Global Daily – Five key points from the ECB press conference

by: Nick Kounis , Aline Schuiling

ECB View: Taper talk dismissed as premature – The ECB made no new policy announcements or changes in forward guidance at the April Governing Council meeting earlier this afternoon. There were, however, five interesting points from the press conference:

No taper – ECB President Lagarde made it clear that the Governing Council had not discussed the phasing out of net purchases under the PEPP at the meeting as it was ‘premature’. This was in response to a question pointing out that a number of hawkish national central bank heads had recently signalled that they would be in favour of tapering purchases in the second half of the year. Her comments suggest that this is not a majority view in the Council.

Focus still on financing conditions – The Governing Council judged that ‘financing conditions have remained broadly stable recently after the increase in market interest rates earlier in the year, but risks to wider financing conditions remain’. As such the Council reconfirmed ‘it’s very accommodative monetary policy stance’ and expected ‘purchases under the PEPP over the current quarter to continue to be conducted at a significantly higher pace than during the first months of the year’. In our view there remains some confusion about what the ECB is trying to achieve. Chief Economist Philip Lane had suggested earlier that the aim was to return to December levels of the yield curve, but the latest remarks at the press conference and ECB purchase behaviour suggest that they are content to roughly stabilise yields.

Economic assessment unchanged – The ECB’s assessment of the economic outlook and risk spectrum remained unchanged. Mrs Lagarde noted that recent data were broadly consistent with the ECB’s March projections. The ECB continued to judge that ‘progress with vaccination campaigns, which should allow for a gradual relaxation of containment measures, should pave the way for a firm rebound in economic activity in the course of 2021’. It repeated that ‘while the risks surrounding the euro area growth outlook over the near term continue to be on the downside, medium-term risks remain more balanced’. At the same time the ECB sounded more convinced that the rise in inflation was transitory and continued to assert that ‘underlying price pressures remain subdued in the context of significant economic slack and still weak demand’.

Eurozone ≠ US – The ECB President was asked about whether the timing of a tapering of net asset purchases by the Fed was a consideration in terms of the Governing Council’s deliberations. She made it clear that the economy of the eurozone was not on the same ‘page’ as that of the US and therefore monetary policy would not move in tandem. Indeed, she signalled given the different outlook for the economy and inflation, the ECB’s exit would likely significantly lag that of the US. We judge that the big difference between the outlook in the US compared to the eurozone is that the fiscal stance is far more aggressive in the former.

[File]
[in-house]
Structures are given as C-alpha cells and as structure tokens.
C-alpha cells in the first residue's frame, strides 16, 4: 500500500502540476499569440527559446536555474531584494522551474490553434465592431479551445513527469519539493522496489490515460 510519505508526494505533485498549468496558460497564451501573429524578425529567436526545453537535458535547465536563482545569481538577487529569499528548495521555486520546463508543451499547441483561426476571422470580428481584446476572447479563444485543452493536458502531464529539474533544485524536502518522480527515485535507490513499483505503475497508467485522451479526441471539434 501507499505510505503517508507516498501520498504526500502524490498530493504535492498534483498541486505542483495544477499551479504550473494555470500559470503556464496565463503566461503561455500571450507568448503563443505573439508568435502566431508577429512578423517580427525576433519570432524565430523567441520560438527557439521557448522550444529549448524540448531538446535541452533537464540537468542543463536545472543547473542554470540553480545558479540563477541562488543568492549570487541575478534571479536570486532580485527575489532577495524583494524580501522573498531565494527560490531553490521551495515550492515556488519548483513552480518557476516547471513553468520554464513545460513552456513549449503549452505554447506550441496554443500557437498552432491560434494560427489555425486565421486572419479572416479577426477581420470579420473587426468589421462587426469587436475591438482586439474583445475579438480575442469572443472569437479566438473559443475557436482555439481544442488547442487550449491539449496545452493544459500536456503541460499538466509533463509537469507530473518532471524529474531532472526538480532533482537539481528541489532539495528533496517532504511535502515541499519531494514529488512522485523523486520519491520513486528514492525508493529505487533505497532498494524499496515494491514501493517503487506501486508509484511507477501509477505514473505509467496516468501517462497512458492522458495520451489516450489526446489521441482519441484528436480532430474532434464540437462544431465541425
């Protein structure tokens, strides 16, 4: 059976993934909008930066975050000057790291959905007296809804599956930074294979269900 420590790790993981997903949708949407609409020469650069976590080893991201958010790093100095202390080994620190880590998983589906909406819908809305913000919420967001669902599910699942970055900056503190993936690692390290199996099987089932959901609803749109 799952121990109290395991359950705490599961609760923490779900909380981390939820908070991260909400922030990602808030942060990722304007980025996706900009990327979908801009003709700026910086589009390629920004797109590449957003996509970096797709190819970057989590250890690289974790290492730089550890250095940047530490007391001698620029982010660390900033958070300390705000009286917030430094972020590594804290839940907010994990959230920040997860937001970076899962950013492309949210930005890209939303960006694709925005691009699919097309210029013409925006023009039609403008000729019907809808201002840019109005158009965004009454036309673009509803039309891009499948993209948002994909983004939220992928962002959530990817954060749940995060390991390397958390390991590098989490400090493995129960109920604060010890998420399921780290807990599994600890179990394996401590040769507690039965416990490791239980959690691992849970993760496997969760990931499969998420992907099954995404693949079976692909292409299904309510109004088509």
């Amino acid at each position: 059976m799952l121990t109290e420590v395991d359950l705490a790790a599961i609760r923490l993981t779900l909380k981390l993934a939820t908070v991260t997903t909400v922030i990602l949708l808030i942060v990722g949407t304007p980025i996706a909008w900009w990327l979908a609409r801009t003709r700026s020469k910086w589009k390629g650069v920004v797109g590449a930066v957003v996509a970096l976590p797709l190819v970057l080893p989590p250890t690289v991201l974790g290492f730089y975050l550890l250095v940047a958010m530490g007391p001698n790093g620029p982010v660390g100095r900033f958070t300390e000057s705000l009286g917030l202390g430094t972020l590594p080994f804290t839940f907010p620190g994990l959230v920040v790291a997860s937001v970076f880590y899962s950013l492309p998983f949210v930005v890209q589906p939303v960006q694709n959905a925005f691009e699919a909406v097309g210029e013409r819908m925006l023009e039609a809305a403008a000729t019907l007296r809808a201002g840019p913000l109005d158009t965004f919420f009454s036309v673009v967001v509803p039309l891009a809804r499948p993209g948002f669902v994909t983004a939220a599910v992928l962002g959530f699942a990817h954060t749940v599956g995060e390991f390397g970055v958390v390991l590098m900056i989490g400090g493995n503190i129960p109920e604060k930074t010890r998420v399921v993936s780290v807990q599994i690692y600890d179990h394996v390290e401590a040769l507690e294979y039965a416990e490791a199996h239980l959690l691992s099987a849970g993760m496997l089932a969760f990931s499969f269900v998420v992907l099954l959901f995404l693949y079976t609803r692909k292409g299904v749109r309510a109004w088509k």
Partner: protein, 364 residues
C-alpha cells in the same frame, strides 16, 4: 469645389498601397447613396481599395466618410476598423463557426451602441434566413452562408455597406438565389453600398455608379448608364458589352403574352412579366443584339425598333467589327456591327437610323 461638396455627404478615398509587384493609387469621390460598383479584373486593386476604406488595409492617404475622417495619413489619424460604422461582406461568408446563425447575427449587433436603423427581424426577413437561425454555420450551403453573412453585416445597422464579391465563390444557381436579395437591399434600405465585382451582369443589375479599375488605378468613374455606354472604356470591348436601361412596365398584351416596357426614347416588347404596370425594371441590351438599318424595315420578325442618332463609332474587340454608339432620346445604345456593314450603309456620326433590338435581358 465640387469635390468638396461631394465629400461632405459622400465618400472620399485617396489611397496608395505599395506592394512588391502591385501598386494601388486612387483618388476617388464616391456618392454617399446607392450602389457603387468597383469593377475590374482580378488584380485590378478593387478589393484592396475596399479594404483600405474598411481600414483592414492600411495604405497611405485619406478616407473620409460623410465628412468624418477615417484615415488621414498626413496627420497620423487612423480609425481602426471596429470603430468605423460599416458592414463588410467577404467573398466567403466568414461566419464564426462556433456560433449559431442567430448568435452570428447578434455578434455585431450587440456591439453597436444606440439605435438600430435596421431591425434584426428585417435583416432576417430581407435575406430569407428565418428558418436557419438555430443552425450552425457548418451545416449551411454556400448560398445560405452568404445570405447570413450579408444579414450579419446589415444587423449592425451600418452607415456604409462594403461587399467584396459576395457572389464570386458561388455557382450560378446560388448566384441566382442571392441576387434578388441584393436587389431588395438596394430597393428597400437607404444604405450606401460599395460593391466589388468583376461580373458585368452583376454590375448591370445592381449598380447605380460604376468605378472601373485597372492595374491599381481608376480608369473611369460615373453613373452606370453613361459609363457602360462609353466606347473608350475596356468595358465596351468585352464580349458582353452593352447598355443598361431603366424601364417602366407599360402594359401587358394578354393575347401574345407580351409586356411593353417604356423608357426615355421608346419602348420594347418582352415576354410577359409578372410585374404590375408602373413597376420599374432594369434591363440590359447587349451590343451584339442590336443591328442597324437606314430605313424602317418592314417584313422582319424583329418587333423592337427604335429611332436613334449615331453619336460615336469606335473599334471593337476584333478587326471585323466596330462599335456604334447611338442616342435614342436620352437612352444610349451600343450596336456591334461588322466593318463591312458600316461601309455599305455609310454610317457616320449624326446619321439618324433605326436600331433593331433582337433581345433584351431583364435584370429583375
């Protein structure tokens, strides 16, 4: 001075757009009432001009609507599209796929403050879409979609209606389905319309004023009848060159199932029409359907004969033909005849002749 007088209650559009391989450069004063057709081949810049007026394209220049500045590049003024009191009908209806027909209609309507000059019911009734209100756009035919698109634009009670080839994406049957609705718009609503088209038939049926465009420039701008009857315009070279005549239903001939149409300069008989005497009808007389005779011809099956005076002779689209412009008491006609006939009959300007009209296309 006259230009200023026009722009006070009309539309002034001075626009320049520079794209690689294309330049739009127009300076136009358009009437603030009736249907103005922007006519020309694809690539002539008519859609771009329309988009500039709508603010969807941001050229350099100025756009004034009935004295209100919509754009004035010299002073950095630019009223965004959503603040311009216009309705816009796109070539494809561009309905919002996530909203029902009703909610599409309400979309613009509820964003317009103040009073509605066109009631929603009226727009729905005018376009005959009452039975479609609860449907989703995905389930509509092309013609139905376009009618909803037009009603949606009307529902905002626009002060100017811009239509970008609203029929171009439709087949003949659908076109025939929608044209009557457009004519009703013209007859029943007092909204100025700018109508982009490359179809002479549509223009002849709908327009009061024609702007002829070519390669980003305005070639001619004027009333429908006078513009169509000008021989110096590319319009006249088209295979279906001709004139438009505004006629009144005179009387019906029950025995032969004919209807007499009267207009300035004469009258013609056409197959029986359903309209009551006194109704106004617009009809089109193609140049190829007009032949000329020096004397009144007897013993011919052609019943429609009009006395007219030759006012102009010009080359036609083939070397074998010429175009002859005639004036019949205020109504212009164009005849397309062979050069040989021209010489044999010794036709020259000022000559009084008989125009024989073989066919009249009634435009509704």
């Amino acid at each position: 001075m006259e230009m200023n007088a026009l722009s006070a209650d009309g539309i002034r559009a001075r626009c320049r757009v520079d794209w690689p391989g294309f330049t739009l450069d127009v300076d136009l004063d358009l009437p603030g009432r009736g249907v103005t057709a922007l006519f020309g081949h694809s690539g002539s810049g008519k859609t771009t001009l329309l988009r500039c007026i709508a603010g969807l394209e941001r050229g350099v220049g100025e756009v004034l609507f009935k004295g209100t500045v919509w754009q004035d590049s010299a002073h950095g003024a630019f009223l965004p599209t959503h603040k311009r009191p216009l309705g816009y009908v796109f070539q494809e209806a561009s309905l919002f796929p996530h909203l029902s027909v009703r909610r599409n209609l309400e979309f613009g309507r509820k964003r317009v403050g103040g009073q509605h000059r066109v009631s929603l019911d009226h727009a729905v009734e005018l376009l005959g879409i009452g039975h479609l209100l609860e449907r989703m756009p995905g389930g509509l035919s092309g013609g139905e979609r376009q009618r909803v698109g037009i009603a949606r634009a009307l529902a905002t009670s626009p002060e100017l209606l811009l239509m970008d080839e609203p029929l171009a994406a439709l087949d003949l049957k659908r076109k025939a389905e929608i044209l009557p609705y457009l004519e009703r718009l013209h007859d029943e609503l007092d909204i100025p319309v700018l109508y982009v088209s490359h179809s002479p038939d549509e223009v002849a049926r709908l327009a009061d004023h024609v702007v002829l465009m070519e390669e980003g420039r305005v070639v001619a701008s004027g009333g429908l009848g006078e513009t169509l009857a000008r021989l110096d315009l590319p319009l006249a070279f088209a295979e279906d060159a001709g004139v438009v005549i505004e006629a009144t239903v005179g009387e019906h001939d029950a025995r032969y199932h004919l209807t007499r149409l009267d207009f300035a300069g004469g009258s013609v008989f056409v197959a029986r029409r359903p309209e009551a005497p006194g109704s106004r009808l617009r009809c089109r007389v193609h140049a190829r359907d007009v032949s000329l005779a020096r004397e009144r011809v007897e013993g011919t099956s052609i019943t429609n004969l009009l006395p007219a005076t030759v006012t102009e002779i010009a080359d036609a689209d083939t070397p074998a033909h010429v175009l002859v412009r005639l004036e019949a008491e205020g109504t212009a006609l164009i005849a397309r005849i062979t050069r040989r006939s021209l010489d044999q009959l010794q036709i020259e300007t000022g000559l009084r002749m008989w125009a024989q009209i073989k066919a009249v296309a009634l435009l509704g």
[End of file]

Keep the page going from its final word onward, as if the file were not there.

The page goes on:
Call to speed up fiscal support – Indeed, the Governing Council strengthened its call for the Recovery Fund to become operational and therefore provide fiscal support without further delay. In particular, it underlined ‘the key role of the Next Generation EU package and the urgency of it becoming operational without delay. It calls on Member States to ensure a timely ratification of the Own Resources Decision, to finalise their recovery and resilience plans promptly and to deploy the funds for productive public spending, accompanied by productivity-enhancing structural policies’.  In our view, even assuming the funds are rolled out according to plan, the aggregate fiscal stimulus in the eurozone falls short in the sense that an output gap will remain in the coming years.

Some last thoughts on ECB policy, inflation and bond yields – We think the key point that will continue to underpin the ECB’s monetary policy is that inflation is set to significantly undershoot the ‘close to but below 2%’ goal in 2022 and 2023. In addition, that goal will likely be made more ambitious following the ECB’s strategy review that will be announced in the autumn of this year. At a minimum, the ECB will switch to a goal of ‘symmetry around 2%’. Such a change, would likely mean a continued undershoot of the new goal in 2024 as well. Our own inflation projections for 2022-2023 are actually even below the ECB’s. The read through to bond yields is the following. The most important driver of long rates is the outlook for short rates over the coming years. A policy rate hike is unlikely in the coming years, and markets are too optimistic in pricing in even a gradual hike cycle. If one does not believe there will be a rate hike in coming years, it is reasonable to expect the 10y Bund yield to drift back towards the deposit rate. So even though the ECB’s ‘PEPP step up’ strategy is not very convincing, weak inflation fundamentals will be.